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Math Help - inequality

  1. #1
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    inequality

    a,b,c>0 and a^4+b^4+c^4 = 3 . Prove the :
    sigma\frac{1}{4-ab} =< 1
    Last edited by math; October 16th 2005 at 12:01 AM.
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  2. #2
    hpe
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    Quote Originally Posted by math
    a,b,c>0 and a^4+b^4+c^4 = 3 . Prove the :
    sigma\frac{1}{4-ab} =< 1
    Do you mean this?
    If a, \, b, \, c > 0 and a^4 + b^4 + c^4=3, then \sum \frac{1}{4-ab} \le 1
    What kind of sum? There is only one term. Or do you mean
    \frac{1}{4-ab} + \frac{1}{4-bc} + \frac{1}{4-ac}\le 1?

    This inequality appears to be correct. It can probably be proved using Lagrange multipliers: Set  F(a,b,c) = a^4 + b^4 + c^4 and G(a,b,c) = \frac{1}{4-ab} + \frac{1}{4-bc} + \frac{1}{4-ac}. You want to find the maximum of G subject to F(a,b,c) = 3. The Lagrange equations are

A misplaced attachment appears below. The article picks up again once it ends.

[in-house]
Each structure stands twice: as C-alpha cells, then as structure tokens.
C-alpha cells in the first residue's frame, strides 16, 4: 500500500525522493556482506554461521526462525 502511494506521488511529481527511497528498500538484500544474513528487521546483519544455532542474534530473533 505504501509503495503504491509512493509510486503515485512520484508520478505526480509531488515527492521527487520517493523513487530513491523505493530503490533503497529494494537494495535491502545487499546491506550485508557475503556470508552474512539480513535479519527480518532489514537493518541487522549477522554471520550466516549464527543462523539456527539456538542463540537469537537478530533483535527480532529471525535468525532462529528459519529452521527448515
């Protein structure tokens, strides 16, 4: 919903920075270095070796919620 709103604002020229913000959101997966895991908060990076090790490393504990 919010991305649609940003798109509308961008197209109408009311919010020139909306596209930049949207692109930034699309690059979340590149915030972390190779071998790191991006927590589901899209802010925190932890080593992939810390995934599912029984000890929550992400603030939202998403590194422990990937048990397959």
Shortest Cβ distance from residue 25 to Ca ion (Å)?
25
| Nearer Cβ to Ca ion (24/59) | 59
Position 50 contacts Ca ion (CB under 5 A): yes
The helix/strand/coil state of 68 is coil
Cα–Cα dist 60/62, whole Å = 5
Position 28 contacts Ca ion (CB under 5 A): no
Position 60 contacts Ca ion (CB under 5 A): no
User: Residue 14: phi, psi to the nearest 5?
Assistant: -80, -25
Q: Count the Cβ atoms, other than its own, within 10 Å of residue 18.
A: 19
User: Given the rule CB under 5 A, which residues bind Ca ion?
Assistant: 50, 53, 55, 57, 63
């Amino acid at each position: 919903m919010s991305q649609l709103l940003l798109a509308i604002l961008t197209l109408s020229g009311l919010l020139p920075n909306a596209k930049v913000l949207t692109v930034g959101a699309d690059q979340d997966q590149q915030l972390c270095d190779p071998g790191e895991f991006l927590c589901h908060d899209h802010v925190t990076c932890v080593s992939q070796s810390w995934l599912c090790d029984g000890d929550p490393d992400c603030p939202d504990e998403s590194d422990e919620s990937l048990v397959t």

\frac{b}{(4-ab)^2} + \frac{c}{(4-ac)^2} = 4 \lambda a^3
      \frac{a}{(4-ab)^2} + \frac{c}{(4-bc)^2} = 4 \lambda b^3
      \frac{b}{(4-bc)^2} + \frac{a}{(4-ac)^2} = 4 \lambda c^3
    Good luck
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